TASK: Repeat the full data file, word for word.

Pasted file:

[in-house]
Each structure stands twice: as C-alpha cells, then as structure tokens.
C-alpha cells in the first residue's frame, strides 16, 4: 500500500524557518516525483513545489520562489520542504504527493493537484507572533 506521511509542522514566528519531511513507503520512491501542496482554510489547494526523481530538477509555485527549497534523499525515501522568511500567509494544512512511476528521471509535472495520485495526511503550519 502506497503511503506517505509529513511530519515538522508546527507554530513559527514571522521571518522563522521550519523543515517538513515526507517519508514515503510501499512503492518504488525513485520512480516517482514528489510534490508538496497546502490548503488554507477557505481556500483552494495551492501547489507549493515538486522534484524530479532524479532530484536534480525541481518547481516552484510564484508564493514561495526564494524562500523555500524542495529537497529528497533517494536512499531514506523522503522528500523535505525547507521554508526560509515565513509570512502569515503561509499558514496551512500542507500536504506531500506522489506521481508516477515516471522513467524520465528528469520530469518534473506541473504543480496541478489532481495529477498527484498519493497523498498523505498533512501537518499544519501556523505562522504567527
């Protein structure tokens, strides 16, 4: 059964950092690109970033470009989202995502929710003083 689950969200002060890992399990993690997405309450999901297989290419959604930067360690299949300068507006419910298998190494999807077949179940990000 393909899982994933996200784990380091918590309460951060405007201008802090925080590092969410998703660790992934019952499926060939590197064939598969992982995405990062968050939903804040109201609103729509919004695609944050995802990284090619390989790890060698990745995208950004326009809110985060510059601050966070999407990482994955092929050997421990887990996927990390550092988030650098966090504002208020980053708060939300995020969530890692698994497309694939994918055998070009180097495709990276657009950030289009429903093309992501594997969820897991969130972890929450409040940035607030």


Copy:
[in-house]
Each structure stands twice: as C-alpha cells, then as structure tokens.
C-alpha cells in the first residue's frame, strides 16, 4: 500500500524557518516525483513545489520562489520542504504527493493537484507572533 506521511509542522514566528519531511513507503520512491501542496482554510489547494526523481530538477509555485527549497534523499525515501522568511500567509494544512512511476528521471509535472495520485495526511503550519 502506497503511503506517505509529513511530519515538522508546527507554530513559527514571522521571518522563522521550519523543515517538513515526507517519508514515503510501499512503492518504488525513485520512480516517482514528489510534490508538496497546502490548503488554507477557505481556500483552494495551492501547489507549493515538486522534484524530479532524479532530484536534480525541481518547481516552484510564484508564493514561495526564494524562500523555500524542495529537497529528497533517494536512499531514506523522503522528500523535505525547507521554508526560509515565513509570512502569515503561509499558514496551512500542507500536504506531500506522489506521481508516477515516471522513467524520465528528469520530469518534473506541473504543480496541478489532481495529477498527484498519493497523498498523505498533512501537518499544519501556523505562522504567527
């Protein structure tokens, strides 16, 4: 059964950092690109970033470009989202995502929710003083 689950969200002060890992399990993690997405309450999901297989290419959604930067360690299949300068507006419910298998190494999807077949179940990000 393909899982994933996200784990380091918590309460951060405007201008802090925080590092969410998703660790992934019952499926060939590197064939598969992982995405990062968050939903804040109201609103729509919004695609944050995802990284090619390989790890060698990745995208950004326009809110985060510059601050966070999407990482994955092929050997421990887990996927990390550092988030650098966090504002208020980053708060939300995020969530890692698994497309694939994918055998070009180097495709990276657009950030289009429903093309992501594997969820897991969130972890929450409040940035607030």